Governing Security: The Hidden Origins of American Security Agencies

Governing Security: The Hidden Origins of American Security Agencies

Governing Security: The Hidden Origins of American Security Agencies

Governing Security: The Hidden Origins of American Security Agencies

Synopsis

The impact of public law depends on how politicians secure control of public organizations, and how these organizations in turn are used to define national security. Governing Security explores this dynamic by investigating the surprising history of two major federal agencies that touch the lives of Americans every day: the Roosevelt-era Federal Security Agency (which became today's Department of Health and Human Services) and the more recently created Department of Homeland Security.

Through the stories of both organizations, Cuéllar offers a compelling account of crucial developments affecting the basic architecture of our nation. He shows how Americans end up choosing security goals not through an elaborate technical process, but in lively and overlapping settings involving conflict over agency autonomy, presidential power, and priorities for domestic and international risk regulation. Ultimately, as Cuéllar shows, the ongoing fights about the scope of national security reshape the very structure of government, particularly during-or in anticipation of-a national crisis.

Excerpt

A gray dawn began to break over New Orleans on Monday, August 29, 2005, as Hurricane Katrina ripped into the Louisiana Coast. It was 6:10 a.m. At that moment, as thousands of people stuck in the Crescent City were still scrambling to find shelter from the storm, the winds were powerful enough to make even the waters of the mighty Mississippi River reverse course to flow away from the ocean. Less than two hours later, a barge broke loose from its moorings, smashing into New Orleans’s Industrial Canal. Before long, millions of gallons of water were spilling onto the residential streets of the Lower Ninth Ward and St. Bernard Parish. Upon learning of the breach, the National Weather Service predicted flash floods of up to eight feet of water. The water did not reach the Superdome, where ten thousand refugees had gathered. But the hurricane did. Shortly after the flash flood warning, Katrina tore two holes in the roof of the arena. Elsewhere in the city, water from multiple canal breaches mixed with fuel and industrial runoff. By early afternoon, the breaches were well on their way to placing much of New Orleans under a muddy soup of polluted water, and no fewer than eight Gulf Coast refineries had shut down.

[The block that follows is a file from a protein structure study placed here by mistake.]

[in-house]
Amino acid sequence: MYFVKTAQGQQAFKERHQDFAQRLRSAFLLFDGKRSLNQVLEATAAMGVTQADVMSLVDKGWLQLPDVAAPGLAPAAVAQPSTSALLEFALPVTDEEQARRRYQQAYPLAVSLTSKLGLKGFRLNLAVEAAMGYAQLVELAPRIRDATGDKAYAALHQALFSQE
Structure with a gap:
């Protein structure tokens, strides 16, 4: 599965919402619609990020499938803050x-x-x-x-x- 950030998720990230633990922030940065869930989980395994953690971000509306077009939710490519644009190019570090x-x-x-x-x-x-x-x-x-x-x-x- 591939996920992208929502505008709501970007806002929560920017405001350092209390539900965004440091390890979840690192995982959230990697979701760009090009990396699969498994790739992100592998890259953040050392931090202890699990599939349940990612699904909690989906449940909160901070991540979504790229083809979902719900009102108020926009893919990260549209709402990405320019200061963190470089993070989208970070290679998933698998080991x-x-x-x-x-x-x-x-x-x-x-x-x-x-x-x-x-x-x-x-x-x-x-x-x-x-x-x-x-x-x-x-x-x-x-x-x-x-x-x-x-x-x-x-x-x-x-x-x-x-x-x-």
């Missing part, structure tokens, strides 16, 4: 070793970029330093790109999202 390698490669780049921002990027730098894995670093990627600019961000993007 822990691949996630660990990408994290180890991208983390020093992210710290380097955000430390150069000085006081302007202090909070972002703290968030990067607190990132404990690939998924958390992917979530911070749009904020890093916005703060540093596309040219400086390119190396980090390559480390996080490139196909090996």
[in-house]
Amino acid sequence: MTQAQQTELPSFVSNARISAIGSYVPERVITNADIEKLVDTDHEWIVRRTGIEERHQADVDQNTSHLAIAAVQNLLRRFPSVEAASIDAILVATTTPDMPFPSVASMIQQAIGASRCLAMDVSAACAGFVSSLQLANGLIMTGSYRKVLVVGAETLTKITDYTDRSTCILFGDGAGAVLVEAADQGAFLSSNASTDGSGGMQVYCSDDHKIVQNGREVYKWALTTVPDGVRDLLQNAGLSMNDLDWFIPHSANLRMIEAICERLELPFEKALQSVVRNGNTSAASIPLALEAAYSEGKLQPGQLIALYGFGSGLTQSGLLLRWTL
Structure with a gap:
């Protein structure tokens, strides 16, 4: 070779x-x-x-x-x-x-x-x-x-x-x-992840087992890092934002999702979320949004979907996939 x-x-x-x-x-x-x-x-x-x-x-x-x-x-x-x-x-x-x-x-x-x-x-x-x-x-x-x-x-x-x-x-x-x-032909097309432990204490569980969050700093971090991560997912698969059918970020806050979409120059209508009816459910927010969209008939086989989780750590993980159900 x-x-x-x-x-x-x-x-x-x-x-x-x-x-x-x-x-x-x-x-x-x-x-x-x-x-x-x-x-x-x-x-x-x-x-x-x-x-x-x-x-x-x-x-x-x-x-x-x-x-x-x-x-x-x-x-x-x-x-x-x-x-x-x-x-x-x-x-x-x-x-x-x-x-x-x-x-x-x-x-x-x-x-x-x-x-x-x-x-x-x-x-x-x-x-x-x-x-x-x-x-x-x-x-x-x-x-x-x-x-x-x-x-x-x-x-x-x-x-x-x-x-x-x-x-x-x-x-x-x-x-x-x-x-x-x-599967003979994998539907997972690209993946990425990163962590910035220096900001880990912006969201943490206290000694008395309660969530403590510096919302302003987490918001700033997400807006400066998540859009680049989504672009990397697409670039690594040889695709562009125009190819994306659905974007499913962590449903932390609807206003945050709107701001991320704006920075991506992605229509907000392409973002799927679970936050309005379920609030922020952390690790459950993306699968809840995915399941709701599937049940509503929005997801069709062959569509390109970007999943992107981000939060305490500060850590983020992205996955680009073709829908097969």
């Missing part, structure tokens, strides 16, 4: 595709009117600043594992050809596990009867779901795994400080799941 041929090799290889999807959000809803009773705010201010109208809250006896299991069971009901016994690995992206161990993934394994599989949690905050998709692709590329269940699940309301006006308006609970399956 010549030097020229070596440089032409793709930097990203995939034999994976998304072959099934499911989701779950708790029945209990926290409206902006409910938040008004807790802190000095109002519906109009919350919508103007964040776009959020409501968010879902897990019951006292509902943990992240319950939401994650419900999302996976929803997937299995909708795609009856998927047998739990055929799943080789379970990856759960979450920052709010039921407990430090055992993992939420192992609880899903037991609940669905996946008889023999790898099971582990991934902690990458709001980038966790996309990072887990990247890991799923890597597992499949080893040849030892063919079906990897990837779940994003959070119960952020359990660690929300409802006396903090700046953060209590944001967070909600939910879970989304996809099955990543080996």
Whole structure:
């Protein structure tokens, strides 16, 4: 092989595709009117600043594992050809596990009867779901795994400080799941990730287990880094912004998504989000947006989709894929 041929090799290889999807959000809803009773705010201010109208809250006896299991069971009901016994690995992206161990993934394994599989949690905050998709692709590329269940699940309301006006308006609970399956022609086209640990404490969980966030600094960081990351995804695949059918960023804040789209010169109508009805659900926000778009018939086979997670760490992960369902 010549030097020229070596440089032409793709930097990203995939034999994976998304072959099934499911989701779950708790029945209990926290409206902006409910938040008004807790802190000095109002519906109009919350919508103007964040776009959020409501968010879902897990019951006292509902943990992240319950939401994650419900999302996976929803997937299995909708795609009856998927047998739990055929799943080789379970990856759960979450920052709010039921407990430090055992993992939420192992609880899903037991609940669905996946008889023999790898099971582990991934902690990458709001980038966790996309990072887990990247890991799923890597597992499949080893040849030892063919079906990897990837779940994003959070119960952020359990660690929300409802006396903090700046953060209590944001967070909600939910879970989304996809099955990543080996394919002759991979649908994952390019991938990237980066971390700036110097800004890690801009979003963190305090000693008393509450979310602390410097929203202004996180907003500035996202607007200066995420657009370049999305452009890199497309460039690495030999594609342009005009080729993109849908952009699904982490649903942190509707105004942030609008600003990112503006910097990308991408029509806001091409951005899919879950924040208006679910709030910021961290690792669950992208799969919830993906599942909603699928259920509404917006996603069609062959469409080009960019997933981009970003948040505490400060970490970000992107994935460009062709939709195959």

Severe though these consequences were, they did not come as a complete surprise to some public officials. The preceding Friday, three days before Hurricane Katrina struck, Governor Kathleen Blanco had declared a state of emergency in Louisiana. She authorized National Guard commanders to call up to 2,000 reservists to active duty. Governor Blanco ordered an additional 2,000 Guardsmen to active duty the next day. On Sunday, August 28, the state adjutant general, Major General Bennett C. Landreneau, established five task forces to conduct aviation search-andrescue missions, to deliver food, water, and other supplies, and to help the Corps of Engineers repair storm levees. National Guardsmen also helped implement contraflow—the use of all lanes of the highway system for outbound traffic only—by directing traffic and erecting barriers. Not . . .

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